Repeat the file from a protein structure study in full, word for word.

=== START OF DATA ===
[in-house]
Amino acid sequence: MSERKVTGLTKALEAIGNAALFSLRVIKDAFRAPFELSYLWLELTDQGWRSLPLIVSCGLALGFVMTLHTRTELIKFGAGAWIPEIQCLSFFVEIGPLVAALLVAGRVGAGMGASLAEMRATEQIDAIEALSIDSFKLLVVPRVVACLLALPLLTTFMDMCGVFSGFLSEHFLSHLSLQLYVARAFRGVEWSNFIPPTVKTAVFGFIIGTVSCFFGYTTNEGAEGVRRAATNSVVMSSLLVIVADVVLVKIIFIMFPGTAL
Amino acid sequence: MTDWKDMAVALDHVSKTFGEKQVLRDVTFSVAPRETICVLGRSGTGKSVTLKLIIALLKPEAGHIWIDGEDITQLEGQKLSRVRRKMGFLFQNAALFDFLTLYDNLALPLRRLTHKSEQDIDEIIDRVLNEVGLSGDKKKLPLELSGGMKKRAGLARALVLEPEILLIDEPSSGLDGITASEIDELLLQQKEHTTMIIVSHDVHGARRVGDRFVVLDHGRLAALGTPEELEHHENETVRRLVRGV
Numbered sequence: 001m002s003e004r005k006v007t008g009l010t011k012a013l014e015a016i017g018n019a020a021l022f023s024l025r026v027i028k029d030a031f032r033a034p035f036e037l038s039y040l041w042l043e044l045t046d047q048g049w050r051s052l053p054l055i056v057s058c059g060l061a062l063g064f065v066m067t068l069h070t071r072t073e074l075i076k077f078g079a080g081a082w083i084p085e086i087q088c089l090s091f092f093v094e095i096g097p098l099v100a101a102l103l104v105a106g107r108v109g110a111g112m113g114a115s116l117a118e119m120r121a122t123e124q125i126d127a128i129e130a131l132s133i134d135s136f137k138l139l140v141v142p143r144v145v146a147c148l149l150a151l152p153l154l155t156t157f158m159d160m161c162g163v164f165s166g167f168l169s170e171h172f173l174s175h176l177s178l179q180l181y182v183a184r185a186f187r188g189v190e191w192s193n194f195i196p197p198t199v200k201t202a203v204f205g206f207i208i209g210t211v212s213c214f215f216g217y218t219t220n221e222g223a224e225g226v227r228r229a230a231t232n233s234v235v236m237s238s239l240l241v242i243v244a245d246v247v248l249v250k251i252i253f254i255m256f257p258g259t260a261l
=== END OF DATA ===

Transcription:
[in-house]
Amino acid sequence: MSERKVTGLTKALEAIGNAALFSLRVIKDAFRAPFELSYLWLELTDQGWRSLPLIVSCGLALGFVMTLHTRTELIKFGAGAWIPEIQCLSFFVEIGPLVAALLVAGRVGAGMGASLAEMRATEQIDAIEALSIDSFKLLVVPRVVACLLALPLLTTFMDMCGVFSGFLSEHFLSHLSLQLYVARAFRGVEWSNFIPPTVKTAVFGFIIGTVSCFFGYTTNEGAEGVRRAATNSVVMSSLLVIVADVVLVKIIFIMFPGTAL
Amino acid sequence: MTDWKDMAVALDHVSKTFGEKQVLRDVTFSVAPRETICVLGRSGTGKSVTLKLIIALLKPEAGHIWIDGEDITQLEGQKLSRVRRKMGFLFQNAALFDFLTLYDNLALPLRRLTHKSEQDIDEIIDRVLNEVGLSGDKKKLPLELSGGMKKRAGLARALVLEPEILLIDEPSSGLDGITASEIDELLLQQKEHTTMIIVSHDVHGARRVGDRFVVLDHGRLAALGTPEELEHHENETVRRLVRGV
Numbered sequence: 001m002s003e004r005k006v007t008g009l010t011k012a013l014e015a016i017g018n019a020a021l022f023s024l025r026v027i028k029d030a031f032r033a034p035f036e037l038s039y040l041w042l043e044l045t046d047q048g049w050r051s052l053p054l055i056v057s058c059g060l061a062l063g064f065v066m067t068l069h070t071r072t073e074l075i076k077f078g079a080g081a082w083i084p085e086i087q088c089l090s091f092f093v094e095i096g097p098l099v100a101a102l103l104v105a106g107r108v109g110a111g112m113g114a115s116l117a118e119m120r121a122t123e124q125i126d127a128i129e130a131l132s133i134d135s136f137k138l139l140v141v142p143r144v145v146a147c148l149l150a151l152p153l154l155t156t157f158m159d160m161c162g163v164f165s166g167f168l169s170e171h172f173l174s175h176l177s178l179q180l181y182v183a184r185a186f187r188g189v190e191w192s193n194f195i196p197p198t199v200k201t202a203v204f205g206f207i208i209g210t211v212s213c214f215f216g217y218t219t220n221e222g223a224e225g226v227r228r229a230a231t232n233s234v235v236m237s238s239l240l241v242i243v244a245d246v247v248l249v250k251i252i253f254i255m256f257p258g259t260a261l